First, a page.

Sister Roberta Fulton truly believes in Amazing Grace

COLUMBIA—Sister Roberta Fulton was not raised Catholic, but was drawn to the faith as a child through a group of sisters who worked in her hometown of King­stree in Williams­burg County.

Sisters of St. Mary of Namur from New York served Kingstree’s African- American popula­tion, which back then lived under the constant cloud of segregation. Sister Roberta recalled that over the years, she spent more and more time with the sisters, first accompanying them on youth trips to places like Brookgreen Gardens and eventually helping with reli­gious education classes and other programs.

In her senior year of high school, after she converted to Catholicism, she decided to become one of them.

“I had seen the kinds of things the sisters did, how they helped those who were struggling,” she said. “The work they did and the center they ran in Kingstree meant everything to me as a child, and I knew I wanted to carry on with their work.”

Shortly after graduation in 1966, she traveled to the order’s mother­house in Buffalo and took her first vows.

Now, 50 years later, Sister Rober­ta is celebrating her golden jubilee, looking back on her life with the order and carrying on their service to the poor and education of chil­dren.

Her three siblings, friends, fellow sisters, many former students and parishioners from St. Martin de Porres Church in Columbia joined her for a jubilee celebration at the church on June 18, featuring a Mass celebrated by Father Michael Okere, the pastor. A second celebration will be held July 17 in Buffalo.

The theme of her Columbia cel­ebration was “Amazing Grace,” a classic hymn that she said embodies her religious life.

“I believe grace truly has brought me this far in my work and kept me going,” she said. “God’s grace has been evident in all the people who supported me along the way.”

She received a bachelor’s of science in elementary education from the University of the District of Colum­bia and a master’s from Buffalo State University.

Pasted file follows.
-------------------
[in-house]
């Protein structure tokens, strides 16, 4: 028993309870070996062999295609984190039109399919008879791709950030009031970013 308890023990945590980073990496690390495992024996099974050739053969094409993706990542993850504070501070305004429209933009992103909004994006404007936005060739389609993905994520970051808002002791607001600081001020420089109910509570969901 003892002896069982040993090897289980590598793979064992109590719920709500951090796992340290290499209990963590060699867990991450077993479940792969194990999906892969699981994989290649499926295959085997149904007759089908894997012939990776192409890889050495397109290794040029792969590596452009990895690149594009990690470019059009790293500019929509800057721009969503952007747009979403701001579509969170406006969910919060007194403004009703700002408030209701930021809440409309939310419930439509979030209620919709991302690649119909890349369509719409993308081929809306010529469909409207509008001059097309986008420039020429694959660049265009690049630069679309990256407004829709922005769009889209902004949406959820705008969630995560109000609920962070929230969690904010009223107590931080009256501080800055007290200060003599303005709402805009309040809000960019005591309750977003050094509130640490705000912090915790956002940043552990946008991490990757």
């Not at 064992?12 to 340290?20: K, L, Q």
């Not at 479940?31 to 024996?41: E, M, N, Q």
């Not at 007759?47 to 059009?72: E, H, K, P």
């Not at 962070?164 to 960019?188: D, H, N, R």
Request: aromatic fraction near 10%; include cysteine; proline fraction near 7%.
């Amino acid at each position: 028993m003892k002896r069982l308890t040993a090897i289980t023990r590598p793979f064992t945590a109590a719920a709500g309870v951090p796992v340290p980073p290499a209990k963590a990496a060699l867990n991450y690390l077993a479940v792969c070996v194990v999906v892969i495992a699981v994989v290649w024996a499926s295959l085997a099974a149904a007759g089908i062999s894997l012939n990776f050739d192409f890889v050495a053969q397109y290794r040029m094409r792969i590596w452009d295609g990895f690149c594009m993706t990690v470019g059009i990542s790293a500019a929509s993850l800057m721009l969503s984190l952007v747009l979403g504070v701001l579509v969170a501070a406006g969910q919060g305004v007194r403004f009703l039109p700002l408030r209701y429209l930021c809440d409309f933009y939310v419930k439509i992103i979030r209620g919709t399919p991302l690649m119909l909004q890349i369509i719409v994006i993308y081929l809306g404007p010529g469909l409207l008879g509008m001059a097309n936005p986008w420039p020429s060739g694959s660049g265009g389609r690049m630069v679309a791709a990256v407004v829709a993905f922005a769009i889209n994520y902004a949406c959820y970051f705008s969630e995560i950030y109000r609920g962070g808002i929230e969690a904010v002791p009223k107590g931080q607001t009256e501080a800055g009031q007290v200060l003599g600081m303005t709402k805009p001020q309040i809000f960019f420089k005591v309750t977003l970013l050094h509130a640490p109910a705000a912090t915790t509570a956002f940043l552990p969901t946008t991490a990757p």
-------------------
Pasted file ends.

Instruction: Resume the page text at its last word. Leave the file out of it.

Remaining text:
Over the years, she has worked as principal at Resurrection Catholic School in Montgomery, Ala.; Our Lady of Mercy School in Fort Worth, Texas; Catholic Central School in Buffalo; and the former St. Jude Catholic School in Sumter.

She was working in Buffalo in 2006 when she received a call that brought her back to South Carolina. Franciscan Father Paul Williams, who was pastor at St. Martin de Por­res, asked her to come to Columbia to lead the parish school, which was struggling.

Ten years later, she is still a dy­namic presence at the helm of the school, where 87 students from pre-K to sixth grade all work daily under the motto she established: “Every­body is a shining star!”

Sister Roberta endeavored to get parents and parishioners more in­volved in the daily life of the school, and introduced new activities, from nutrition programs to cultural events.

“I get the sense that the kids here have really learned to love school, that they have a love of learning,” she said.

Her focus on education also led her to influence future generations of teachers. She was an adjunct professor in education at Alabama State University in Montgomery and Niagara University in Buffalo.

“I loved doing that because I wanted to really help prepare young people who had a desire to be teach­ers,” she said. “I wanted them to know there is a real difference in just getting a teaching degree and in really wanting to educate kids and prepare them for the future.”

Sister Roberta has promoted unity and celebrated the ministry of African-American women religious around the country. In 2009, she was elected to a five-year term as presi­dent of the National Conference of Black Sisters.

The group’s current president, Fran­ciscan Sister Callista Robinson, trav­eled from Wisconsin to attend Sister Roberta’s celebration in Columbia.

“She has spent her whole life dedicated to evangelization and education, and the students excel wherever she has been principal,” Sister Callista said of her col­league. “Even her non-Catholic students learn about the mission of the faith and what it means to be a Christian. Sister Roberta also just really, really loves working with people.”

Sister Roberta says it is hard to be­lieve half a century has passed since she entered religious life.

Nothing makes her happier, she said, than to hear from her former students and know they are doing well. She still receives letters, emails and visits from those she has taught, and recalled recently hearing from a former student in Buffalo who had become a doctor.

“It’s amazing to hear from them and it lets me know how wonderful this work has been and still is,” she said. “To know you have touched lives brings a great joy. It’s all about those lives I’ve touched, about help­ing people along the way. And I’m going to keep on doing it, because I love what I do!”